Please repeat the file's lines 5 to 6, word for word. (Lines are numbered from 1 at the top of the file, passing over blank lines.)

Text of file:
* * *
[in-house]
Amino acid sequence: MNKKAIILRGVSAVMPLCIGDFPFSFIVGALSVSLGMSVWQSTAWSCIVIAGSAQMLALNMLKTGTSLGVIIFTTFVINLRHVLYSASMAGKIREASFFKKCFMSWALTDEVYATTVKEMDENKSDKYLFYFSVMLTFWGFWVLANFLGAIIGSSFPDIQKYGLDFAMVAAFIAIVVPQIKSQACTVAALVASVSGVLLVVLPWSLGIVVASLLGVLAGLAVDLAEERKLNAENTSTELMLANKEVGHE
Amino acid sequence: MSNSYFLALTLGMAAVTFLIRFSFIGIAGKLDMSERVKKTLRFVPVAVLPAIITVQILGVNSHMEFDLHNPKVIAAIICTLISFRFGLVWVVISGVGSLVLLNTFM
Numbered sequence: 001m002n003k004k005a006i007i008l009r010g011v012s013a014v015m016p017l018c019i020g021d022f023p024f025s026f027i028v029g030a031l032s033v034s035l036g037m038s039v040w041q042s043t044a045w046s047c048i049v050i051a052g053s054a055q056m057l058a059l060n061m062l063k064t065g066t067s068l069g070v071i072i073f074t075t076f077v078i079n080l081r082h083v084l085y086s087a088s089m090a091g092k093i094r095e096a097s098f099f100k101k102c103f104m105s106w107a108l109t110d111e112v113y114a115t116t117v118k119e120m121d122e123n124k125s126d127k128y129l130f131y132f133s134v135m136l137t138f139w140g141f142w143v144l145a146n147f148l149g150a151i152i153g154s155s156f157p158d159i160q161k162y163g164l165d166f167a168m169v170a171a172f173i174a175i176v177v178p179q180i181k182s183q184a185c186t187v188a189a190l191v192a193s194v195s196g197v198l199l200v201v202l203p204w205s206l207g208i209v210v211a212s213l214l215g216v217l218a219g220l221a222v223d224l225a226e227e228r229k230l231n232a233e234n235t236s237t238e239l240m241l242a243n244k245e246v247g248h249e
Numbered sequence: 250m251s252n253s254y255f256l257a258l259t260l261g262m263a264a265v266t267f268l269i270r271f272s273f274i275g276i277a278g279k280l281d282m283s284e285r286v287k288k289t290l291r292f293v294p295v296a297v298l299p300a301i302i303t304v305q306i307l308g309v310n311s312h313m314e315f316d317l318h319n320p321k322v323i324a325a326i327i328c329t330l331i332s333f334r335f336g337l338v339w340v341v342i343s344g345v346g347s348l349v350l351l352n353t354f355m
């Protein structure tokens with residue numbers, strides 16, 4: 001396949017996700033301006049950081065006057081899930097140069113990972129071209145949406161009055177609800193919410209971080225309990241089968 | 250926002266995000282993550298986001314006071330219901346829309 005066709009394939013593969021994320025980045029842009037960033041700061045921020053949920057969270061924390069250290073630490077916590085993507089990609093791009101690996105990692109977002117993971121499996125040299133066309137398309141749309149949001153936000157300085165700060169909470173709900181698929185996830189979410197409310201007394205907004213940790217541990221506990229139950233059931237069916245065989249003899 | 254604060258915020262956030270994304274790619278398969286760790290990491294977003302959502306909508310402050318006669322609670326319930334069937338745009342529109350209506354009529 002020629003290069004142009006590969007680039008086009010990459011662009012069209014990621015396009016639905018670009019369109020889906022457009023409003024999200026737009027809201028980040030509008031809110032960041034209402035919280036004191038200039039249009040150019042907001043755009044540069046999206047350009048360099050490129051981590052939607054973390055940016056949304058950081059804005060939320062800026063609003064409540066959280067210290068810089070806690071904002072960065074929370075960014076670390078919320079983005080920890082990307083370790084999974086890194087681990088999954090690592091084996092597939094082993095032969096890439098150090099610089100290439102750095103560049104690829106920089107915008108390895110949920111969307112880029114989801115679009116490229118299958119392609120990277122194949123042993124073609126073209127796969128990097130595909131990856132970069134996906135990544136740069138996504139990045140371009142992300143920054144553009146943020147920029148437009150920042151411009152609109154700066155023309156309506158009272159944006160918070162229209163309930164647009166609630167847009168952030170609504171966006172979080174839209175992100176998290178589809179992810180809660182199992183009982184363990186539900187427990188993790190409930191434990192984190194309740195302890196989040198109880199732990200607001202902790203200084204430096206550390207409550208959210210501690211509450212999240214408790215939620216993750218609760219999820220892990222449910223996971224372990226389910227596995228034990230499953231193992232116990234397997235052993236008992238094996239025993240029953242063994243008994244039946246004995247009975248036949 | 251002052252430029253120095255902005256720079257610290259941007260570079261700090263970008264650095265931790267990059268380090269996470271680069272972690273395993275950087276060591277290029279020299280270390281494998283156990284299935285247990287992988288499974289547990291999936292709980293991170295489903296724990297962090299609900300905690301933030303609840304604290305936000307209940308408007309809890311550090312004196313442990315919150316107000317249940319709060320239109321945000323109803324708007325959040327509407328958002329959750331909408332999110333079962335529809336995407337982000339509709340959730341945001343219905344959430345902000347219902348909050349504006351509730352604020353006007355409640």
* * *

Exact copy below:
Numbered sequence: 250m251s252n253s254y255f256l257a258l259t260l261g262m263a264a265v266t267f268l269i270r271f272s273f274i275g276i277a278g279k280l281d282m283s284e285r286v287k288k289t290l291r292f293v294p295v296a297v298l299p300a301i302i303t304v305q306i307l308g309v310n311s312h313m314e315f316d317l318h319n320p321k322v323i324a325a326i327i328c329t330l331i332s333f334r335f336g337l338v339w340v341v342i343s344g345v346g347s348l349v350l351l352n353t354f355m
């Protein structure tokens with residue numbers, strides 16, 4: 001396949017996700033301006049950081065006057081899930097140069113990972129071209145949406161009055177609800193919410209971080225309990241089968 | 250926002266995000282993550298986001314006071330219901346829309 005066709009394939013593969021994320025980045029842009037960033041700061045921020053949920057969270061924390069250290073630490077916590085993507089990609093791009101690996105990692109977002117993971121499996125040299133066309137398309141749309149949001153936000157300085165700060169909470173709900181698929185996830189979410197409310201007394205907004213940790217541990221506990229139950233059931237069916245065989249003899 | 254604060258915020262956030270994304274790619278398969286760790290990491294977003302959502306909508310402050318006669322609670326319930334069937338745009342529109350209506354009529 002020629003290069004142009006590969007680039008086009010990459011662009012069209014990621015396009016639905018670009019369109020889906022457009023409003024999200026737009027809201028980040030509008031809110032960041034209402035919280036004191038200039039249009040150019042907001043755009044540069046999206047350009048360099050490129051981590052939607054973390055940016056949304058950081059804005060939320062800026063609003064409540066959280067210290068810089070806690071904002072960065074929370075960014076670390078919320079983005080920890082990307083370790084999974086890194087681990088999954090690592091084996092597939094082993095032969096890439098150090099610089100290439102750095103560049104690829106920089107915008108390895110949920111969307112880029114989801115679009116490229118299958119392609120990277122194949123042993124073609126073209127796969128990097130595909131990856132970069134996906135990544136740069138996504139990045140371009142992300143920054144553009146943020147920029148437009150920042151411009152609109154700066155023309156309506158009272159944006160918070162229209163309930164647009166609630167847009168952030170609504171966006172979080174839209175992100176998290178589809179992810180809660182199992183009982184363990186539900187427990188993790190409930191434990192984190194309740195302890196989040198109880199732990200607001202902790203200084204430096206550390207409550208959210210501690211509450212999240214408790215939620216993750218609760219999820220892990222449910223996971224372990226389910227596995228034990230499953231193992232116990234397997235052993236008992238094996239025993240029953242063994243008994244039946246004995247009975248036949 | 251002052252430029253120095255902005256720079257610290259941007260570079261700090263970008264650095265931790267990059268380090269996470271680069272972690273395993275950087276060591277290029279020299280270390281494998283156990284299935285247990287992988288499974289547990291999936292709980293991170295489903296724990297962090299609900300905690301933030303609840304604290305936000307209940308408007309809890311550090312004196313442990315919150316107000317249940319709060320239109321945000323109803324708007325959040327509407328958002329959750331909408332999110333079962335529809336995407337982000339509709340959730341945001343219905344959430345902000347219902348909050349504006351509730352604020353006007355409640």